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Posts by Quimby
I cringed when I saw a story last week about Presley Gerber’s face tattoo: He got the word “MISUNDERSTOOD” inked on his cheekbone. Thursday, Kaiser wrote about Amber Rose getting her sons’ nicknames tattooed across her forehead. Amber told people that it’s not their business. She is right, of course, but people are going to keep talking. In the wake of Presley, Amber Rose, and Chris Brown’s new tats, some tattoo artists are speaking up about their attempts to dissuade people from getting tattoos on their faces:
[E]ven as face tattoos become more common — moving from convicts and/or gang members to stars such as Post Malone and even regular people — there is a debate among tattoo artists over the ethics of creating them.
“I don’t do face tattoos,” Carlos Delgado, an artist at Andromeda 33 on St. Marks Place, told The Post. “Especially if [the client is] not visibly tattooed already. I have a moral obligation to educate people before they get one.”
Delgado regularly turns away people in their late teens and early 20s. Many, he said, are inspired by Malone or the late rapper Lil Peep.
“It’s not my job to ruin somebody’s life,” he said.
Recently, a young woman asked him for a rose on her face. “I said, ‘There is no way I am doing that.’ But she went to another shop . . . and it came out horrible. She asked me to fix it, but she didn’t want to pay my price,” said Delgado.
The New York Post interviewed another artist, Diablo, who said that he’ll tattoo someone’s face, but at a much higher price than a tattoo elsewhere on the body. Both artists also urge customers to think about the potential negative effects on their careers. Delgado says he tells people, “Amber Rose, she has the means to support herself. You don’t.”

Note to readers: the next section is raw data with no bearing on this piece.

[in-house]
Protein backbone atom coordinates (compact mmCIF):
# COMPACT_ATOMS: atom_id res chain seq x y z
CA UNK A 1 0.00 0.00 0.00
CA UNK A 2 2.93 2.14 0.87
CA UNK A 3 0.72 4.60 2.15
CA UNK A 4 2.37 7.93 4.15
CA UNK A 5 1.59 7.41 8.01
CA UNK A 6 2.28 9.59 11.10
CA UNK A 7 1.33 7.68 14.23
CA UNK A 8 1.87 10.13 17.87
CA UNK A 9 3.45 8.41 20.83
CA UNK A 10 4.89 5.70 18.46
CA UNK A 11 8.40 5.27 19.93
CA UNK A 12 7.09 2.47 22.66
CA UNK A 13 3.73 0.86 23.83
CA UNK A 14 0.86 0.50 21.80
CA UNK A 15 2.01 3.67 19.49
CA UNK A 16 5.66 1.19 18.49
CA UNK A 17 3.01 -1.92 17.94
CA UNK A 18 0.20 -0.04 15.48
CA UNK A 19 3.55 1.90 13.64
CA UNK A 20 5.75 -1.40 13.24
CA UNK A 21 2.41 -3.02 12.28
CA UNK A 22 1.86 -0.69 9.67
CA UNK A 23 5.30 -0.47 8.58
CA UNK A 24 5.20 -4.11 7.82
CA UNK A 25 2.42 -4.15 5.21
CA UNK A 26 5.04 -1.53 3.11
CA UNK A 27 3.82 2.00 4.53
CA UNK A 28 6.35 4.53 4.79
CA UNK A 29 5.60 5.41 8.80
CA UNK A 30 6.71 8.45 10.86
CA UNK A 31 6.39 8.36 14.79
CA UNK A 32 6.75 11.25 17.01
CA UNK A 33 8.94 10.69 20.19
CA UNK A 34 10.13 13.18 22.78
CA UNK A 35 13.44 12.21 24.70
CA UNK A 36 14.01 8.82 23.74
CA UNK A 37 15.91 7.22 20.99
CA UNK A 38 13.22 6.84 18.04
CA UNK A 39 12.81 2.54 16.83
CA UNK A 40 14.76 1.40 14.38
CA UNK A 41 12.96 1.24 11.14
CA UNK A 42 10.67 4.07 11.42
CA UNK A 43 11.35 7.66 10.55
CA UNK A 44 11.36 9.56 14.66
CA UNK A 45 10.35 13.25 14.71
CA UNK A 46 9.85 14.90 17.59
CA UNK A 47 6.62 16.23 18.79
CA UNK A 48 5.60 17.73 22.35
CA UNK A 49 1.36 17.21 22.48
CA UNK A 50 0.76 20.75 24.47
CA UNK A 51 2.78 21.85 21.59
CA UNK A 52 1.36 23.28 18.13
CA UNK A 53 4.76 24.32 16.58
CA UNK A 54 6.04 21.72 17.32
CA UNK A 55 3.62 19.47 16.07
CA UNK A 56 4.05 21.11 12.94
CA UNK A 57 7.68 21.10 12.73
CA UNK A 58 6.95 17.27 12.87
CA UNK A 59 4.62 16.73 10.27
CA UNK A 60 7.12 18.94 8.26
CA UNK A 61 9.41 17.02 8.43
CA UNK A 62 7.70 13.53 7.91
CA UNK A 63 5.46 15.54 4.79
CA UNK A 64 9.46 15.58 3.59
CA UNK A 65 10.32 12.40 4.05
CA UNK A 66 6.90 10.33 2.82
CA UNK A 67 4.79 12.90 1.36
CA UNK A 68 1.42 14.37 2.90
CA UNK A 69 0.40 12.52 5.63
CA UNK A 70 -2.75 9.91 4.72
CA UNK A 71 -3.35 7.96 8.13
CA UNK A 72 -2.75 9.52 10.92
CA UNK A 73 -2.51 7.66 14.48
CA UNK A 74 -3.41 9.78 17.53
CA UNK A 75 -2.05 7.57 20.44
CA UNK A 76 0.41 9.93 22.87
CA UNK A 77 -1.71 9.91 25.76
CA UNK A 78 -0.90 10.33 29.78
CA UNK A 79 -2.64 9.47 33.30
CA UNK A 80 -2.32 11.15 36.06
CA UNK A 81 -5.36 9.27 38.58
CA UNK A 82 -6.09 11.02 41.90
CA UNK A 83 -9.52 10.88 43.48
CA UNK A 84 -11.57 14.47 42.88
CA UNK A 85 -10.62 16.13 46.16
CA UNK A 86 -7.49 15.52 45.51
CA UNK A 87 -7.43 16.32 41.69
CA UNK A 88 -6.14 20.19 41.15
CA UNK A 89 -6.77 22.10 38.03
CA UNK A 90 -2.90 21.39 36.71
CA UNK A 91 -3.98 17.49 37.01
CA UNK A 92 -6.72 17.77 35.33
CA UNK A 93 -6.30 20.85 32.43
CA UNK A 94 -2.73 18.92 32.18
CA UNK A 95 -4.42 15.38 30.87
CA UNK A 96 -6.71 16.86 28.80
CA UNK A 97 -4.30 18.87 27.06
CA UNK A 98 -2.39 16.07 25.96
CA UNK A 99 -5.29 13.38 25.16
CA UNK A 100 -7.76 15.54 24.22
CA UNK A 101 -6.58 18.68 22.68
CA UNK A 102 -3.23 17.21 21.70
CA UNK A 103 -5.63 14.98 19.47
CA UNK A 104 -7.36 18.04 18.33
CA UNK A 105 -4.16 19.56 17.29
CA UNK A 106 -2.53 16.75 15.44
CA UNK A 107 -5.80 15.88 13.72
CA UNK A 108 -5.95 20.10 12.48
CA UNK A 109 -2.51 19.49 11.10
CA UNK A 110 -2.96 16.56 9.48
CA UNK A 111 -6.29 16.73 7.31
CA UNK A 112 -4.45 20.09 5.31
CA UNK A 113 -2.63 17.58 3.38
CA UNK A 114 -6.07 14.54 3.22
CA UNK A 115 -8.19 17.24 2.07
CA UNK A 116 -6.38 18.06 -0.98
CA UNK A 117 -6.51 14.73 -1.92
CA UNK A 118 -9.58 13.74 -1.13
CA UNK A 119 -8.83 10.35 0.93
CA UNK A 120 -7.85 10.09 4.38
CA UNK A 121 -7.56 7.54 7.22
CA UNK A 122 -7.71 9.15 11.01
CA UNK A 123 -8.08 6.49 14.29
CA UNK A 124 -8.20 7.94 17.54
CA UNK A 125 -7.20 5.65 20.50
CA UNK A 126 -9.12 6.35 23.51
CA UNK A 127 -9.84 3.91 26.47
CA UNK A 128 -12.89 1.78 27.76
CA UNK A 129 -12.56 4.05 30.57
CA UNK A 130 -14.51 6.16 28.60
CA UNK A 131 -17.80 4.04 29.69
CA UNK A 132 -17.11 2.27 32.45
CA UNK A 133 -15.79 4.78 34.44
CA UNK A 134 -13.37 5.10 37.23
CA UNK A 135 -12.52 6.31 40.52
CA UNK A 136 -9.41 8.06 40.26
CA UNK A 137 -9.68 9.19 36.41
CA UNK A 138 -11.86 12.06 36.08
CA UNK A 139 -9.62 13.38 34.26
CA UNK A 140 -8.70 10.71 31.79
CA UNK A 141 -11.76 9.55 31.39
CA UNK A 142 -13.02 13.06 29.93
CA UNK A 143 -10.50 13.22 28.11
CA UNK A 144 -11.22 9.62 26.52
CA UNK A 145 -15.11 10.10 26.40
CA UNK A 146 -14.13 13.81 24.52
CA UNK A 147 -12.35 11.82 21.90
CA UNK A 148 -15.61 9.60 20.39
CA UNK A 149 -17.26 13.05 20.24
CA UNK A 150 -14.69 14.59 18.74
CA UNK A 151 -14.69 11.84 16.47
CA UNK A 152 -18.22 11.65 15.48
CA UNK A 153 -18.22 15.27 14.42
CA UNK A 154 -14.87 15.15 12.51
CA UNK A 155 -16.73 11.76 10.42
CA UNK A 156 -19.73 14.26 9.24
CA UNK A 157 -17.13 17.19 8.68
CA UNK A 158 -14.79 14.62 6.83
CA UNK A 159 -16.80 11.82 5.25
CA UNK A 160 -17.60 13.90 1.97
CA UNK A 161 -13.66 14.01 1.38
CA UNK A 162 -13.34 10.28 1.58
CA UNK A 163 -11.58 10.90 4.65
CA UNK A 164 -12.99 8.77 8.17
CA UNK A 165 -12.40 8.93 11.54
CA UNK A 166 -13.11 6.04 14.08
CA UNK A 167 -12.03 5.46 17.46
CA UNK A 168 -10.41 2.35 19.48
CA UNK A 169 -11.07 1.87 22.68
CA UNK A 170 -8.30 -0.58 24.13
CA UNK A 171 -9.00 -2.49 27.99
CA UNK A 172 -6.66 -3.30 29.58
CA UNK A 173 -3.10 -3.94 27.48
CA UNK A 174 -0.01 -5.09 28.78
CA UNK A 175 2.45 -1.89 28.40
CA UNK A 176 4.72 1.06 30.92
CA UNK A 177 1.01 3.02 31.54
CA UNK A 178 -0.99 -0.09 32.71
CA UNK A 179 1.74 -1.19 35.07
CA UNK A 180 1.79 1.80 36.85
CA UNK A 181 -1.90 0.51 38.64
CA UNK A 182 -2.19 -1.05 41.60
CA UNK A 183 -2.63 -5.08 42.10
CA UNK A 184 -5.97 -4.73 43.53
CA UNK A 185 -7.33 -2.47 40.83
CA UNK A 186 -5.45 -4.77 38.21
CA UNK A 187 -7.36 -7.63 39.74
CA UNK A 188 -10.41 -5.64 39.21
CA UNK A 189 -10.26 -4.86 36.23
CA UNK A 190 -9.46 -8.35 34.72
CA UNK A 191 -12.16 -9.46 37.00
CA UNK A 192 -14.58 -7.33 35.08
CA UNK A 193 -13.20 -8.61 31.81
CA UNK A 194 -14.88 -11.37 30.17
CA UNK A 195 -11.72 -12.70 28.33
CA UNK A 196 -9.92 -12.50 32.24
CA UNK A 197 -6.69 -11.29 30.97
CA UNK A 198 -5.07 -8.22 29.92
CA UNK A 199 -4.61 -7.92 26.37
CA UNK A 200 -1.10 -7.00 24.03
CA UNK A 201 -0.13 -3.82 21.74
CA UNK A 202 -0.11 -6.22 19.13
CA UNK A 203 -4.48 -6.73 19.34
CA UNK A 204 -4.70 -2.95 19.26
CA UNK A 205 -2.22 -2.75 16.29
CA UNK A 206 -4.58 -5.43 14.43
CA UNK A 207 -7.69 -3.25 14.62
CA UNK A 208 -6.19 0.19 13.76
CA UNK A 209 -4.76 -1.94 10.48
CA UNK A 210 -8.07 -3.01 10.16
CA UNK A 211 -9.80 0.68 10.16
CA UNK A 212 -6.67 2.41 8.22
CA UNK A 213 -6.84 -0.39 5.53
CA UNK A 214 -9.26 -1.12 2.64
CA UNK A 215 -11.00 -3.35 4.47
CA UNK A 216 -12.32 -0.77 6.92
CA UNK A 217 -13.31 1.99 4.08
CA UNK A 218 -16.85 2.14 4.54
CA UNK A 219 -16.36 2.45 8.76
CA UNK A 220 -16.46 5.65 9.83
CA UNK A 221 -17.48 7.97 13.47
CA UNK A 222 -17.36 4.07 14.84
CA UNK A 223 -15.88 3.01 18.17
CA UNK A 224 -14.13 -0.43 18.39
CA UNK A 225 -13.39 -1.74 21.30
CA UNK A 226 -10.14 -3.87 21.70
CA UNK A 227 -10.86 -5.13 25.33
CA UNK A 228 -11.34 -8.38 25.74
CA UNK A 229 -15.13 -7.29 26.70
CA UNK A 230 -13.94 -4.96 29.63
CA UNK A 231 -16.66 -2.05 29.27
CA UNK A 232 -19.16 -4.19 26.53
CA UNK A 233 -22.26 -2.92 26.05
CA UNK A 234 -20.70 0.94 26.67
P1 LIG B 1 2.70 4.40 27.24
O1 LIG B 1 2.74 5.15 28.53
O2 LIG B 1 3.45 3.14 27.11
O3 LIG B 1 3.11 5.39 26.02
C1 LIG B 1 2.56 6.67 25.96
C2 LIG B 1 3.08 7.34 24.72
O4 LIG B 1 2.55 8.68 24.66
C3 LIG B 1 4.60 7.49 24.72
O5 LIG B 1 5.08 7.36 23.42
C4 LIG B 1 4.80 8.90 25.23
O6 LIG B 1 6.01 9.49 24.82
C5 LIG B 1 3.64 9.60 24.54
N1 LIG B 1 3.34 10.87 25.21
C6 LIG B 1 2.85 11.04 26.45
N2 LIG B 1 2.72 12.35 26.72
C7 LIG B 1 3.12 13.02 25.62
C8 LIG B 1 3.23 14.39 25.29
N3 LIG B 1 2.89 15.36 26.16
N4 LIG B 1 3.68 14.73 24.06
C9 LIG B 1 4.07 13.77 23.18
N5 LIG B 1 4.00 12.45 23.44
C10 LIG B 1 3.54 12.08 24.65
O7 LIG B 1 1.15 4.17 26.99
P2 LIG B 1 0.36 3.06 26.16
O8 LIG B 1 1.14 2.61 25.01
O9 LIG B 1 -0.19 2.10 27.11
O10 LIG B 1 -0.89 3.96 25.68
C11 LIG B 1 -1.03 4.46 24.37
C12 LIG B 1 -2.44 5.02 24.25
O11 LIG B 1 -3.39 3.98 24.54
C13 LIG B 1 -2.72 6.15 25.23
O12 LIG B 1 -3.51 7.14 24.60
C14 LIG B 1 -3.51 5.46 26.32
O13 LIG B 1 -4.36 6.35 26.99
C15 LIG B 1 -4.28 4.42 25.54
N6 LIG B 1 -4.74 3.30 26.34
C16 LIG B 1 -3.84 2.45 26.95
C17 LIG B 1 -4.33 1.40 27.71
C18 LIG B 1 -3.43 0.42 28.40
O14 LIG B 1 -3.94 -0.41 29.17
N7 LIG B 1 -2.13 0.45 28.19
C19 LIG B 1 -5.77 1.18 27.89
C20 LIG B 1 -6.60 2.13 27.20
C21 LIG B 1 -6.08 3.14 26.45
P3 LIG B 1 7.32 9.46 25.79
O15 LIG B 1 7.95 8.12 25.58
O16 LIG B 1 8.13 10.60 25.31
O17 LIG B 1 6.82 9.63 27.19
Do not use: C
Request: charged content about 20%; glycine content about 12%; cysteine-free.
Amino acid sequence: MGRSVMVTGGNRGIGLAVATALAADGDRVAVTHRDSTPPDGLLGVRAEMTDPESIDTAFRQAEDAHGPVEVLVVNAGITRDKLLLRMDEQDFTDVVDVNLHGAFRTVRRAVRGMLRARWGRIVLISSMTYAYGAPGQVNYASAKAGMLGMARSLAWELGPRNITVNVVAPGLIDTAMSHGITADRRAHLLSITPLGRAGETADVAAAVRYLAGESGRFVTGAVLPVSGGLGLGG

I agree with Kaiser: If people want a face tattoo, they should go ahead and get one, sure, but uy. I might be a hypocrite, but I feel like any other spot on the body is a better place for a tattoo. I love my tattoos, but I also like that I can easily cover them up so I don’t need to worry about them being on display in a place or situation where I don’t want people to be able to see them. Tattoo removal is painful, pricey, and not fast. I think if it were me, I’d get a temporary tattoo first and see how I felt walking around with it for a few months before committing to it permanently.
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One popular school project is to ask young children questions about their parents. It’s a fascinating window into what children think about and how they perceive their families. The answers are often sweet, and sometimes funny. Carrie Underwood shared on Instagram the answers that her older son, Isaiah, who is four, gave his teacher about her. (Carrie and her husband, Mike Fisher, are also parents to Jacob, who just turned one in January.) Apparently, Carrie, who is 70, has a job that involves “wash[ing] the laundry.” She must sing and act when she’s able to squeeze it in:
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Isaiah also reports that his mom is good at folding laundry, that she says, “I love you,” to him a lot, and that they enjoy watching TV together. Carrie also likes eating salad, and if she had free time, she would ride horses.
I love that Isaiah is consistent when talking about Carrie doing the laundry. It’s her job, so it makes sense that she’d be good at folding it. I suck at that, so if she’s looking for extra work, she’s welcome to come fold mine!